In Mother’s Garden

Quietly now a mouse in the garden
that has come to mourn with me
or bite at every insect twisting
in this heat as you lie close & uncaring
in the army of the common housefly.
Let it be known that in death
you harrowed in love & in so doing
traded your ears for blackened ones,
your crown the shade of a new moon.
Let this spell be known as the fortune
of a missing tortoise, brutal limbs
& wounds of multiples. Then, to soften
alongside the watermelon rinds
on this blighted day, your body
presently absent including the mouse
I have startled into darkness. Who will
help me love the castor bean tree now?
Which of these plants will speak for you?

Ignore me while I weave between rows,
swatting at the light I have chased into
the corner of your makeshift shed still full
of your fortune, the abundant secret
of mouse droppings. Meanwhile, stay
dressed—help me be decent. Come away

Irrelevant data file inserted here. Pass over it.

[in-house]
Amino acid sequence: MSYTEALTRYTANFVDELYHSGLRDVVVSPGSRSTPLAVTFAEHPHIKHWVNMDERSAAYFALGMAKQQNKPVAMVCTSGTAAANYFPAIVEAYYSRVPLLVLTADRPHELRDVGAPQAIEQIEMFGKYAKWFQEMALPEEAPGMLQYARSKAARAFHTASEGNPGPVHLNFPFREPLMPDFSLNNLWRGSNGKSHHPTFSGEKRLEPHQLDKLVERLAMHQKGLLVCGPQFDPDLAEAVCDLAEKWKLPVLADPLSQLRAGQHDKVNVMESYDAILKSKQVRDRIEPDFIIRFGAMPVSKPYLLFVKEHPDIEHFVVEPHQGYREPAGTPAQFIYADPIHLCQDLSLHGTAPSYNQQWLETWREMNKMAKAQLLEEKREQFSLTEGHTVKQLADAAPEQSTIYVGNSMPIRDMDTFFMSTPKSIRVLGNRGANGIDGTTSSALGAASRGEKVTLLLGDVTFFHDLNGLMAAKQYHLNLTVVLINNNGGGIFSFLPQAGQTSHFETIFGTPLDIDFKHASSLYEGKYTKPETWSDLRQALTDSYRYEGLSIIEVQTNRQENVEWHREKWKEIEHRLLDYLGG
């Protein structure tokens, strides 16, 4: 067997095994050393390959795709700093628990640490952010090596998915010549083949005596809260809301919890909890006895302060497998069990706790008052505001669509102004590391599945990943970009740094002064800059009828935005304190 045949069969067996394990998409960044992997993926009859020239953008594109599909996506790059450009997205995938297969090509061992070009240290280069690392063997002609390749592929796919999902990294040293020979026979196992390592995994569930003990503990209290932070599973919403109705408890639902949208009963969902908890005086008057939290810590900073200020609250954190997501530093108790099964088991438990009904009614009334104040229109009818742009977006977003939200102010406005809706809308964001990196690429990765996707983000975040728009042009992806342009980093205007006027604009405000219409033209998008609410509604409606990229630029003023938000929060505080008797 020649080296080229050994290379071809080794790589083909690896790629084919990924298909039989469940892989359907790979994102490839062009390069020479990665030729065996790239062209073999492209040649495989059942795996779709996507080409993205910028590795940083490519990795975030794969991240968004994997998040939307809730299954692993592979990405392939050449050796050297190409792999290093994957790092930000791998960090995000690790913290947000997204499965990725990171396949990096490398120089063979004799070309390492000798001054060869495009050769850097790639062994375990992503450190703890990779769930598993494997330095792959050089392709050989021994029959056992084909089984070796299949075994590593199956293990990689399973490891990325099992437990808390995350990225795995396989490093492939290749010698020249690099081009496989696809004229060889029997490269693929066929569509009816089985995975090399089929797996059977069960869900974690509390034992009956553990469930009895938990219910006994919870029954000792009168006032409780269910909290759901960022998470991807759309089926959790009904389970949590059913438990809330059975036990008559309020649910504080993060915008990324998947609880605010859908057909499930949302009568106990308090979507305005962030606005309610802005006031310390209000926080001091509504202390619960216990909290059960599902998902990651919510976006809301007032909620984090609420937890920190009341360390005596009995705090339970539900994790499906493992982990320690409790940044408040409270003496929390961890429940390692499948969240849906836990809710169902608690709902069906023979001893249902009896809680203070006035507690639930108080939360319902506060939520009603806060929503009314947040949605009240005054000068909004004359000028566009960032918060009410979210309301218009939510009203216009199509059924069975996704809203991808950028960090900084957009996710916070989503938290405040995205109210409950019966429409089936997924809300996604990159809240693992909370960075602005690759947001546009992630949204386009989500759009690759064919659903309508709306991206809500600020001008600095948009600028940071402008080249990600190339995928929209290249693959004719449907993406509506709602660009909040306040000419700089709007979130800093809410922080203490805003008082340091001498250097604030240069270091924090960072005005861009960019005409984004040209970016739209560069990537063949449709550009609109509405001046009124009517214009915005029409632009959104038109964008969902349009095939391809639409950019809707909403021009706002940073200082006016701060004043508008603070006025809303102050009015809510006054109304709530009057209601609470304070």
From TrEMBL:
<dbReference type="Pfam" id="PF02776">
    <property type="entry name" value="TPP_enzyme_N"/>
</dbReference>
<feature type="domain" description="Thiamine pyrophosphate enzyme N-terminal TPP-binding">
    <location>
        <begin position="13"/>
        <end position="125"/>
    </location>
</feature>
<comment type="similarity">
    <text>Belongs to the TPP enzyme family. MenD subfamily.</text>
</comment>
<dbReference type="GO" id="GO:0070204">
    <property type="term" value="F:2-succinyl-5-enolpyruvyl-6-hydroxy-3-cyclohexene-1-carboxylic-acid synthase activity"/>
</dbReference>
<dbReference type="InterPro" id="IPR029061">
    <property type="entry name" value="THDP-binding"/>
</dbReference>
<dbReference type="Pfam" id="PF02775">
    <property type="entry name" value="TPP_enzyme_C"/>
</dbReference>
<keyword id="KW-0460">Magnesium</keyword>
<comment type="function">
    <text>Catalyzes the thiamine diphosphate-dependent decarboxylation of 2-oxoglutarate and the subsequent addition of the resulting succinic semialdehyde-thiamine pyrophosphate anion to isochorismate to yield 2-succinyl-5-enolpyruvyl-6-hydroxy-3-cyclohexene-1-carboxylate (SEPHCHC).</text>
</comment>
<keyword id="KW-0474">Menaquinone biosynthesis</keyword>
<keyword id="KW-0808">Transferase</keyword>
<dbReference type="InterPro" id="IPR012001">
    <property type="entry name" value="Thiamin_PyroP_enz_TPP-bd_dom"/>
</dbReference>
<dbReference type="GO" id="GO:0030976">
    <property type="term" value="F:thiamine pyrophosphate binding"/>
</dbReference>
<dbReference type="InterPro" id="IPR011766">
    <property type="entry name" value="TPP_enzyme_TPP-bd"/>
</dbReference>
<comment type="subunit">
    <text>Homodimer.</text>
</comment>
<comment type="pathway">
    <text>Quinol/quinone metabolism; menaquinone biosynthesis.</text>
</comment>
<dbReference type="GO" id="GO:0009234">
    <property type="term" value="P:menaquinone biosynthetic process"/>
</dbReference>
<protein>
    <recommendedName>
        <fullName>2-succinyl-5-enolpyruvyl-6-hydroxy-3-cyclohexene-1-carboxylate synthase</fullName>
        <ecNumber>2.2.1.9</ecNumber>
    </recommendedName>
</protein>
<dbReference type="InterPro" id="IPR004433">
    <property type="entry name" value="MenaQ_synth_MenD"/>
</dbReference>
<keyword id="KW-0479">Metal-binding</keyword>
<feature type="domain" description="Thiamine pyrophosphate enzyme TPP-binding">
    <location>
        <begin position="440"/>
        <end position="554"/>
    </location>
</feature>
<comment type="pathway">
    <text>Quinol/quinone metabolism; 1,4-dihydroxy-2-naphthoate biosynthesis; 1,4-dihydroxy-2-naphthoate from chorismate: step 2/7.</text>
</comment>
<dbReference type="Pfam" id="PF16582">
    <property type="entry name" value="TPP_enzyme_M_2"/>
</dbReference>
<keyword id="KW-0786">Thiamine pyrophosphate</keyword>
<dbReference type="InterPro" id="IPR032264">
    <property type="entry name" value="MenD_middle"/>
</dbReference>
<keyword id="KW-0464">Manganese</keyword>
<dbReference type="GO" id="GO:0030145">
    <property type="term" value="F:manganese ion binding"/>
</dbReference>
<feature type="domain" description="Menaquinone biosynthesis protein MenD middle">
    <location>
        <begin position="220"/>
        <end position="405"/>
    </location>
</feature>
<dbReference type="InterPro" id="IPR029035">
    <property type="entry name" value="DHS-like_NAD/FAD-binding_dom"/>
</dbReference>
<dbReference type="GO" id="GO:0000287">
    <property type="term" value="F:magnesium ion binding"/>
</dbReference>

from dreams, far from streets—quick,
arise in one piece! There is shade.
Even the sun could not spoil you.
 

Related Poems

Song of the Cluster Bomblet

I am a seed
Of the tree of knowledge.

I arrived here
In mother’s steel womb—

A snug, dark pod—
With my hundred siblings.

On impact, her womb opened
And we scattered hundreds of yards.

I am a blue ridged-winged ball,
Created to appeal

To any child’s senses
Of beauty and curiosity.

When a child finds me,
Buried among roots of berries

Or wild flowers,
And cradles me

In her warm hands,
My heart melts.